Fungal infections2012

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  • Inanimate: A non-living thing is one that lacks or has stopped displaying the characteristics of life. Thus, they lack or no longer displaying the capability for growth, reproduction, respiration, metabolism, and movement. They also are not capable of responding to stimuli or evolve and adapt to their environment. They also do not require energy to continue existing. Examples of non-living things are rock, water, and sun.Organisms are any contiguous living system (such as animal, fungus, micro-organism, or plant). In at least some form, all organisms are capable of respond to stimuli, reproduction, growth and development, and maintain homeostasis as a stable whole. Based on cell type, organisms may be divided into the prokaryotic and eukaryotic groups. Each may be uni or multi cellular.Prokaryotesorganisms are a group of organism that lack nucleus, mitochondria, or any other membrane-bound organelles. The prokaryotes represent two separate domains, the Bacteria and Archaea. In the past both had been classed together archaebacteria but this classification is regarded as outdated.Eukaryotic organisms are a group of organism that have a membrane-bounded cell nucleus, also contain organelles, namely mitochondria and (in plants) plastids. Fungi, animals, and plants are examples of species that are eukaryotes.Archaea and bacteria are quite similar in size and shape. Despite this visual similarity to bacteria, archaea possess genes and several metabolic pathways that are more closely related to those of eukaryotes. Initially, archaea were seen as extremophiles that lived in harsh environments, such as hot springs and salt lakes, but they have since been found in a broad range of habitats, including soil, oceans, and the human colon. No clear examples of archaealpathogenes or parasites are known. Life: الحياه Domain: نطاق-حقيقيات النوى Kingdom: مملكه –الحيوانات Phylum- cordate/ subphylum- vertebrate: شعبه- الحبليات تحت شعبة- الفقاريات Class- mammals/ subclass- Placentalia : طائفه أو صف- الثدييات تحت طائفة- المشيماوات Order-primate:-الرئيسات رتبه Family- Hominidae: فصيله(عائلة)-قردة عليا Genus-Homo: جنس- الإنسان- Species- H. sapiens: نوع- الإنسان العاقل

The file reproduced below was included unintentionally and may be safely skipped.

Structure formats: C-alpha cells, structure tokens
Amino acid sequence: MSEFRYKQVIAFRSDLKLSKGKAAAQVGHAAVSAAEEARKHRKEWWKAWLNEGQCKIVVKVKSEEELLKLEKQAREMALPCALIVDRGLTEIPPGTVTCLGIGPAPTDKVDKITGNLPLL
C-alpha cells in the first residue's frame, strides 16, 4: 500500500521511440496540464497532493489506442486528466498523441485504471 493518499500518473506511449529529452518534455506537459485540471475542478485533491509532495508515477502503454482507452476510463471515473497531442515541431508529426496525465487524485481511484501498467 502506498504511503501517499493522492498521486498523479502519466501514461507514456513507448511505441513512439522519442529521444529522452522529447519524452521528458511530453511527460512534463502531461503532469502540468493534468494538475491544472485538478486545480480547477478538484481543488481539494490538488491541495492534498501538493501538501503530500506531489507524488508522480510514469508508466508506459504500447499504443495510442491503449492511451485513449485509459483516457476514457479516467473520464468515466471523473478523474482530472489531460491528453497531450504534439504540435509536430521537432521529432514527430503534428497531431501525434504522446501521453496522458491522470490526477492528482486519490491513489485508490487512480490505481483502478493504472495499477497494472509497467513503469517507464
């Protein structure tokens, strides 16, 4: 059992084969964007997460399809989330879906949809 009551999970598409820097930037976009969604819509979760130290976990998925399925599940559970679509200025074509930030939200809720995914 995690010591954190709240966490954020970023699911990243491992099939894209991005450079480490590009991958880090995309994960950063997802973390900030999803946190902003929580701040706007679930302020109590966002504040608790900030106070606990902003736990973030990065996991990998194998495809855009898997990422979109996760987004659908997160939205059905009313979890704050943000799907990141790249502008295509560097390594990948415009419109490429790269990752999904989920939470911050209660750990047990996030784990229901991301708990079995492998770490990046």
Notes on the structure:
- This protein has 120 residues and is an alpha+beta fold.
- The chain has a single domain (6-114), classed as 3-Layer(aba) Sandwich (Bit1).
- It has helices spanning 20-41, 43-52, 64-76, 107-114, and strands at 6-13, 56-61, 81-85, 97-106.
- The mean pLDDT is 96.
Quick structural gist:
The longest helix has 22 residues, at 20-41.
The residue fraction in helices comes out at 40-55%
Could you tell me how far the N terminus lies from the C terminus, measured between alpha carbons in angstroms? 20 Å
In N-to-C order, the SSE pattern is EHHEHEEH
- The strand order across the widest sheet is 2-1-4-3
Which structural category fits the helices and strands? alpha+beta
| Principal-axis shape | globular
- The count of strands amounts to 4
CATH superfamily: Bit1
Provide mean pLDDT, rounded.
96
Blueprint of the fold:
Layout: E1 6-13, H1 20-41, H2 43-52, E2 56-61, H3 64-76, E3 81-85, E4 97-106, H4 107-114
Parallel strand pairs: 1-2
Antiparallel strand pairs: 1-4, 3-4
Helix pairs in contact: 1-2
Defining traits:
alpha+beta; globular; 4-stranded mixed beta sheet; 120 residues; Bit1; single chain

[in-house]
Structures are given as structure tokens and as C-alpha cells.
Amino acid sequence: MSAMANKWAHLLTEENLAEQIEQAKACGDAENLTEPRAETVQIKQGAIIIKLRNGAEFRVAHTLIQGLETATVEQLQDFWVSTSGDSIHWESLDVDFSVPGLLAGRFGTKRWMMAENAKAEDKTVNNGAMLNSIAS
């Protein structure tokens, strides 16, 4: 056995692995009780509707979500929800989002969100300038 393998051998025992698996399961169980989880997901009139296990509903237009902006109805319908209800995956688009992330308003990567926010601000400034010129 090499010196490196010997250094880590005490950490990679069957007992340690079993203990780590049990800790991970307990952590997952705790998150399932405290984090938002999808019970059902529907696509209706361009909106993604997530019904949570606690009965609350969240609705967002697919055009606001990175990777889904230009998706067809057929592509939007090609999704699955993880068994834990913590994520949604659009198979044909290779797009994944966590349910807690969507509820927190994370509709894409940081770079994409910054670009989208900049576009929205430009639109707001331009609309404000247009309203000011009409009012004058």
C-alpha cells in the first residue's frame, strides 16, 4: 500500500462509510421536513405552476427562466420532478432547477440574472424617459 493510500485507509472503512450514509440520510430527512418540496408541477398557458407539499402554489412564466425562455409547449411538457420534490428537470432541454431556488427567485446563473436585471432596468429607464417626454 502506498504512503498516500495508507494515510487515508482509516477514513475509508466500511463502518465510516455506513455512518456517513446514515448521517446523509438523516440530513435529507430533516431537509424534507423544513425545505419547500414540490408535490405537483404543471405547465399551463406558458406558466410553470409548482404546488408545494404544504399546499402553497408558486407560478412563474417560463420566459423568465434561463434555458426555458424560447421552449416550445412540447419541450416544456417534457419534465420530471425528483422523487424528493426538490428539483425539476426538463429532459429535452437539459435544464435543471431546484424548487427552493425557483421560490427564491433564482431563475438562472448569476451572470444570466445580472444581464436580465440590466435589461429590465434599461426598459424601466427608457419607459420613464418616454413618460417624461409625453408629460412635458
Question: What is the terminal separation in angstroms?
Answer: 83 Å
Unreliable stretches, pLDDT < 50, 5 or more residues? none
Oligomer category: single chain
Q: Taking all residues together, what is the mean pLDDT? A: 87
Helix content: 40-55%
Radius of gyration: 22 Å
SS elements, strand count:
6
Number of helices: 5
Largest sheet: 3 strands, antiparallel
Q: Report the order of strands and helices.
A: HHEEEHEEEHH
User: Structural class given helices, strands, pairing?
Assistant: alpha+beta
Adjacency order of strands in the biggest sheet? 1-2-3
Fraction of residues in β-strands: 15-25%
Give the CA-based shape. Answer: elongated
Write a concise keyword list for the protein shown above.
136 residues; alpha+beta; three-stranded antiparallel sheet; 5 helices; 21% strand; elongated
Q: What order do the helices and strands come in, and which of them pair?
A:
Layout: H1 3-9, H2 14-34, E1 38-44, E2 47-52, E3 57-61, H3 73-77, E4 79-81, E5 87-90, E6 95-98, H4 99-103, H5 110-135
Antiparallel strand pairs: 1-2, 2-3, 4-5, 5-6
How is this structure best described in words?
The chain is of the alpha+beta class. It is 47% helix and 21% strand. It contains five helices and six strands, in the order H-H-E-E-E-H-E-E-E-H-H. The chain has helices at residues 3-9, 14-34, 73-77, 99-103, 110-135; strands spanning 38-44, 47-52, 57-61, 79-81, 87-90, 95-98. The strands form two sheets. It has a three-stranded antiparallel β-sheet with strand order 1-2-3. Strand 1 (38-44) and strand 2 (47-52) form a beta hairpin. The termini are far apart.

• Inanimate: A non-living thing is one that lacks or has stopped displaying the characteristics of life. Thus, they lack or no longer displaying the capability for growth, reproduction, respiration, metabolism, and movement. They also are not capable of responding to stimuli or evolve and adapt to their environment. They also do not require energy to continue existing. Examples of non-living things are rock, water, and sun.Organisms are any contiguous living system (such as animal, fungus, micro-organism, or plant). In at least some form, all organisms are capable of respond to stimuli, reproduction, growth and development, and maintain homeostasis as a stable whole. Based on cell type, organisms may be divided into the prokaryotic and eukaryotic groups. Each may be uni or multi cellular.Prokaryotesorganisms are a group of organism that lack nucleus, mitochondria, or any other membrane-bound organelles. The prokaryotes represent two separate domains, the Bacteria and Archaea. In the past both had been classed together archaebacteria but this classification is regarded as outdated.Eukaryotic organisms are a group of organism that have a membrane-bounded cell nucleus, also contain organelles, namely mitochondria and (in plants) plastids. Fungi, animals, and plants are examples of species that are eukaryotes.Archaea and bacteria are quite similar in size and shape. Despite this visual similarity to bacteria, archaea possess genes and several metabolic pathways that are more closely related to those of eukaryotes. Initially, archaea were seen as extremophiles that lived in harsh environments, such as hot springs and salt lakes, but they have since been found in a broad range of habitats, including soil, oceans, and the human colon. No clear examples of archaealpathogenes or parasites are known. Life: الحياه Domain: نطاق-حقيقيات النوى Kingdom: مملكه –الحيوانات Phylum- cordate/ subphylum- vertebrate: شعبه- الحبليات تحت شعبة- الفقاريات Class- mammals/ subclass- Placentalia : طائفه أو صف- الثدييات تحت طائفة- المشيماوات Order-primate:-الرئيسات رتبه Family- Hominidae: فصيله(عائلة)-قردة عليا Genus-Homo: جنس- الإنسان- Species- H. sapiens: نوع- الإنسان العاقل